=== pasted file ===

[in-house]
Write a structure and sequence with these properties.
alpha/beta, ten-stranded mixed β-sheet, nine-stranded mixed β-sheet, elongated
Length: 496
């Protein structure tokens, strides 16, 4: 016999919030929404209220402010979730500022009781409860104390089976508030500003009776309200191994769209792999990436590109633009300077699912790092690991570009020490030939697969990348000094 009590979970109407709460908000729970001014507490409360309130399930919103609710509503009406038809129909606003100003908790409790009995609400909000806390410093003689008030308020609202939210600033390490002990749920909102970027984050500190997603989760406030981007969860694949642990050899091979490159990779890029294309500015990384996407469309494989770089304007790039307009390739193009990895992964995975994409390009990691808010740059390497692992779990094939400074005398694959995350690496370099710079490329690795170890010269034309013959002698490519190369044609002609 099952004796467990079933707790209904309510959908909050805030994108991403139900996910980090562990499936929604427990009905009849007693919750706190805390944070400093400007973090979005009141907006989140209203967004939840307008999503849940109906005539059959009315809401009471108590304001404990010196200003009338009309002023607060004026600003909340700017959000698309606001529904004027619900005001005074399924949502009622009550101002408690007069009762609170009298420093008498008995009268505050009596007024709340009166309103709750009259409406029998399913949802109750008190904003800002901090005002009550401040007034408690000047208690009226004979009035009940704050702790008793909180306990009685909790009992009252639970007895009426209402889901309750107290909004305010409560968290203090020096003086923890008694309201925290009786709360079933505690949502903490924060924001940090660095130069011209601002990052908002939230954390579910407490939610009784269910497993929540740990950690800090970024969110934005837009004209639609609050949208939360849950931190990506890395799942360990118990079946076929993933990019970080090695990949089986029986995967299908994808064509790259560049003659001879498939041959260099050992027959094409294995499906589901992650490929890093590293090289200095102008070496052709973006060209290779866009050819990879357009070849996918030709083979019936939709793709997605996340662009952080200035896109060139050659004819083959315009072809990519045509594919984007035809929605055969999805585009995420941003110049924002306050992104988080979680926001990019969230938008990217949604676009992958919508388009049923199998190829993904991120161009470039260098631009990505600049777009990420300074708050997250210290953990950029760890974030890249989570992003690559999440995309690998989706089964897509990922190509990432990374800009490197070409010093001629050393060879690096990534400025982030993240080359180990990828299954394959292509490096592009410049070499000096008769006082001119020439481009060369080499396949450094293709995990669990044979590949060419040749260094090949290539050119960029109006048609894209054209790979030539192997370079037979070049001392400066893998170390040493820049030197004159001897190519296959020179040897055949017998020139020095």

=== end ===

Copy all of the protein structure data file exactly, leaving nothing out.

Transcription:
[in-house]
Write a structure and sequence with these properties.
alpha/beta, ten-stranded mixed β-sheet, nine-stranded mixed β-sheet, elongated
Length: 496
């Protein structure tokens, strides 16, 4: 016999919030929404209220402010979730500022009781409860104390089976508030500003009776309200191994769209792999990436590109633009300077699912790092690991570009020490030939697969990348000094 009590979970109407709460908000729970001014507490409360309130399930919103609710509503009406038809129909606003100003908790409790009995609400909000806390410093003689008030308020609202939210600033390490002990749920909102970027984050500190997603989760406030981007969860694949642990050899091979490159990779890029294309500015990384996407469309494989770089304007790039307009390739193009990895992964995975994409390009990691808010740059390497692992779990094939400074005398694959995350690496370099710079490329690795170890010269034309013959002698490519190369044609002609 099952004796467990079933707790209904309510959908909050805030994108991403139900996910980090562990499936929604427990009905009849007693919750706190805390944070400093400007973090979005009141907006989140209203967004939840307008999503849940109906005539059959009315809401009471108590304001404990010196200003009338009309002023607060004026600003909340700017959000698309606001529904004027619900005001005074399924949502009622009550101002408690007069009762609170009298420093008498008995009268505050009596007024709340009166309103709750009259409406029998399913949802109750008190904003800002901090005002009550401040007034408690000047208690009226004979009035009940704050702790008793909180306990009685909790009992009252639970007895009426209402889901309750107290909004305010409560968290203090020096003086923890008694309201925290009786709360079933505690949502903490924060924001940090660095130069011209601002990052908002939230954390579910407490939610009784269910497993929540740990950690800090970024969110934005837009004209639609609050949208939360849950931190990506890395799942360990118990079946076929993933990019970080090695990949089986029986995967299908994808064509790259560049003659001879498939041959260099050992027959094409294995499906589901992650490929890093590293090289200095102008070496052709973006060209290779866009050819990879357009070849996918030709083979019936939709793709997605996340662009952080200035896109060139050659004819083959315009072809990519045509594919984007035809929605055969999805585009995420941003110049924002306050992104988080979680926001990019969230938008990217949604676009992958919508388009049923199998190829993904991120161009470039260098631009990505600049777009990420300074708050997250210290953990950029760890974030890249989570992003690559999440995309690998989706089964897509990922190509990432990374800009490197070409010093001629050393060879690096990534400025982030993240080359180990990828299954394959292509490096592009410049070499000096008769006082001119020439481009060369080499396949450094293709995990669990044979590949060419040749260094090949290539050119960029109006048609894209054209790979030539192997370079037979070049001392400066893998170390040493820049030197004159001897190519296959020179040897055949017998020139020095």